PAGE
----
That is true, but it is not the same thing as saying, as you did before, that the theory cannot even allow us to form a "coherent explanation" of an object moving at FTL in the first place. In fact, the theory makes very definite predictions and absolutely does explain why we think an object would behave a certain way in FTL. Explanation is what theories are all about. Whether a theory's predictions can be tested is a different question from whether the predictions can be made at all.

Yes, and that is exactly my point -- that the fuller Newtonian and Einsteinian theories include more equations that let us predict things beyond direct experience. That's the whole reason we have the concepts of warp drive and wormholes and hyperspace to begin with: because they are results that emerged from the equations of the theory when we plugged in unusual numbers. So it's wrong to say they're just "made up" ideas that relativity says nothing about. They are from relativistic theory in the first place. That's my point. Whether they're true or not is another question; I'm only refuting the assertion that they aren't explained by relativity.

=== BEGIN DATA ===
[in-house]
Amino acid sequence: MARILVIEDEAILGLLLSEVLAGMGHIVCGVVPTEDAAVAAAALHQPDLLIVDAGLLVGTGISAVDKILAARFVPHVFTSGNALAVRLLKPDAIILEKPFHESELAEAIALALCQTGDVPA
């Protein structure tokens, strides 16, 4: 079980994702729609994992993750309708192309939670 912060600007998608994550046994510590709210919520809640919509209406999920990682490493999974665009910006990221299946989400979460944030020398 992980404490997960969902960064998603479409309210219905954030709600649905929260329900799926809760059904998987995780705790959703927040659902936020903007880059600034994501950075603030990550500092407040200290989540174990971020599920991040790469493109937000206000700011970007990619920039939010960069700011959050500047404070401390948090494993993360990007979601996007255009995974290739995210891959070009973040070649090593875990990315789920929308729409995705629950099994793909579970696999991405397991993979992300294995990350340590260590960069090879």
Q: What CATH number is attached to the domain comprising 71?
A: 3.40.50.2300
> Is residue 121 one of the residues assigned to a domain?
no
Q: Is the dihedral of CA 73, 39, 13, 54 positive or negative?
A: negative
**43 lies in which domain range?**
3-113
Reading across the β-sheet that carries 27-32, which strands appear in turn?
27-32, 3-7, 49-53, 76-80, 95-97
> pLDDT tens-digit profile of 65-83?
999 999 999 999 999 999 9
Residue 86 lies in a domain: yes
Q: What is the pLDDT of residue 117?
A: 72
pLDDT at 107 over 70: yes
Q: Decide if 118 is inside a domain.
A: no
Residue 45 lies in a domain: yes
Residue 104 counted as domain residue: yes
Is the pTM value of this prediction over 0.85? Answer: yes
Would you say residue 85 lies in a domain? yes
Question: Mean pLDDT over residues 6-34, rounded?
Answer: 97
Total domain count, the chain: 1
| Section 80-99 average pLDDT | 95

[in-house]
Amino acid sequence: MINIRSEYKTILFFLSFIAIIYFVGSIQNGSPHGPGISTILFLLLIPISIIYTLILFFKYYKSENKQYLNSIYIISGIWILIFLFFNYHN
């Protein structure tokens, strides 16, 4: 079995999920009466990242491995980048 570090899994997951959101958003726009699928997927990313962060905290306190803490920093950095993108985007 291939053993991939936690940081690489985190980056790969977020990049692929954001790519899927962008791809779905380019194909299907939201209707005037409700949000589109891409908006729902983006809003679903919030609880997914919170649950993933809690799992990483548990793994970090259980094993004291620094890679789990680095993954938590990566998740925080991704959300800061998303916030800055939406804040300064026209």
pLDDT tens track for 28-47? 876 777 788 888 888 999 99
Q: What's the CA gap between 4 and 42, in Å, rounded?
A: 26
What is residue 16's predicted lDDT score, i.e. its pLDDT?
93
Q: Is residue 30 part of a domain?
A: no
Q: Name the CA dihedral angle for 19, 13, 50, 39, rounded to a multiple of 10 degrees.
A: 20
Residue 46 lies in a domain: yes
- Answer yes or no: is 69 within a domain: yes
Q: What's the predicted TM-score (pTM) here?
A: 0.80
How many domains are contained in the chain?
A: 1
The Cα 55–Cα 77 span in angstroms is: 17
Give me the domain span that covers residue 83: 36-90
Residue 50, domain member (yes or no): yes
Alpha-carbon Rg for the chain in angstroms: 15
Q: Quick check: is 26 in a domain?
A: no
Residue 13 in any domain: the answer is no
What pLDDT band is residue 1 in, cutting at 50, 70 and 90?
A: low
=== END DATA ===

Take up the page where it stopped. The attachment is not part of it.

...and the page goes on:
But the false premise there is that just because we don't know everything, it means we don't know anything. Yes, there are unanswered questions, but that doesn't mean there isn't a lot that we can predict with confidence. We may not know how to create a stable space warp, but we know a lot about what would happen to an object that moved through a stable space warp if one did exist. They're different parts of the question. Yes, there are always new things to be discovered, but they do not erase the things we already know; they just fill in the gaps in what we know.

Again, whether it's provably true is not the point, because we're talking about fiction and abstract discussions of the possibilities. You said that relativity could not offer any coherent explanations about FTL travel. That is wrong. Almost everything we believe about FTL travel comes from relativistic theory in the first place. It may not be "proven" or "certain" -- neither of which is a term scientists ever use anyway -- but it is definitely a coherent explanation. If someone asks an astrophysicist what they think would happen in an FTL spacewarp, they wouldn't just shrug and make vague handwavey generalizations -- they can do actual mathematics and make very detailed, exact, and coherent predictions, and they can explain in precise detail why they have made those predictions.